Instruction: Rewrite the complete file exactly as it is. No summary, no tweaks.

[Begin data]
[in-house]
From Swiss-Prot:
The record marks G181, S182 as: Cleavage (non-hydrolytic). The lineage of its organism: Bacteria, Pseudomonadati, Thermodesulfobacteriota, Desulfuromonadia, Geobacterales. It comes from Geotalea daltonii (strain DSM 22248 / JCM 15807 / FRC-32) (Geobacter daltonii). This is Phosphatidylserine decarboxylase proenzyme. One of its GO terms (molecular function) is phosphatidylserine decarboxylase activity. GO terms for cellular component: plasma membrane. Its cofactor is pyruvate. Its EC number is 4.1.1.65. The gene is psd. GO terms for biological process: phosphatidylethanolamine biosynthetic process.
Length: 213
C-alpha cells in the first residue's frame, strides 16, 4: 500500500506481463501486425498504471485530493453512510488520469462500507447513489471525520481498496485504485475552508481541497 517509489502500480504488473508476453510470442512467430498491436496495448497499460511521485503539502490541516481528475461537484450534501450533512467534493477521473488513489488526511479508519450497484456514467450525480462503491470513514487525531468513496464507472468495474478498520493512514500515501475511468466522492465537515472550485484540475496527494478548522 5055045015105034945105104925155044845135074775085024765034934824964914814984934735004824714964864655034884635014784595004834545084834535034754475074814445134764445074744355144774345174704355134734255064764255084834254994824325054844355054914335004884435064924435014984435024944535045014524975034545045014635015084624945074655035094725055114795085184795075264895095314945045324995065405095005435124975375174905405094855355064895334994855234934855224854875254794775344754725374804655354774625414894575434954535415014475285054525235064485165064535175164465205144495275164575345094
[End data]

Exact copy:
[in-house]
From Swiss-Prot:
The record marks G181, S182 as: Cleavage (non-hydrolytic). The lineage of its organism: Bacteria, Pseudomonadati, Thermodesulfobacteriota, Desulfuromonadia, Geobacterales. It comes from Geotalea daltonii (strain DSM 22248 / JCM 15807 / FRC-32) (Geobacter daltonii). This is Phosphatidylserine decarboxylase proenzyme. One of its GO terms (molecular function) is phosphatidylserine decarboxylase activity. GO terms for cellular component: plasma membrane. Its cofactor is pyruvate. Its EC number is 4.1.1.65. The gene is psd. GO terms for biological process: phosphatidylethanolamine biosynthetic process.
Length: 213
C-alpha cells in the first residue's frame, strides 16, 4: 500500500506481463501486425498504471485530493453512510488520469462500507447513489471525520481498496485504485475552508481541497 517509489502500480504488473508476453510470442512467430498491436496495448497499460511521485503539502490541516481528475461537484450534501450533512467534493477521473488513489488526511479508519450497484456514467450525480462503491470513514487525531468513496464507472468495474478498520493512514500515501475511468466522492465537515472550485484540475496527494478548522 5055045015105034945105104925155044845135074775085024765034934824964914814984934735004824714964864655034884635014784595004834545084834535034754475074814445134764445074744355144774345174704355134734255064764255084834254994824325054844355054914335004884435064924435014984435024944535045014524975034545045014635015084624945074655035094725055114795085184795075264895095314945045324995065405095005435124975375174905405094855355064895334994855234934855224854875254794775344754725374804655354774625414894575434954535415014475285054525235064485165064535175164465205144495275164575345094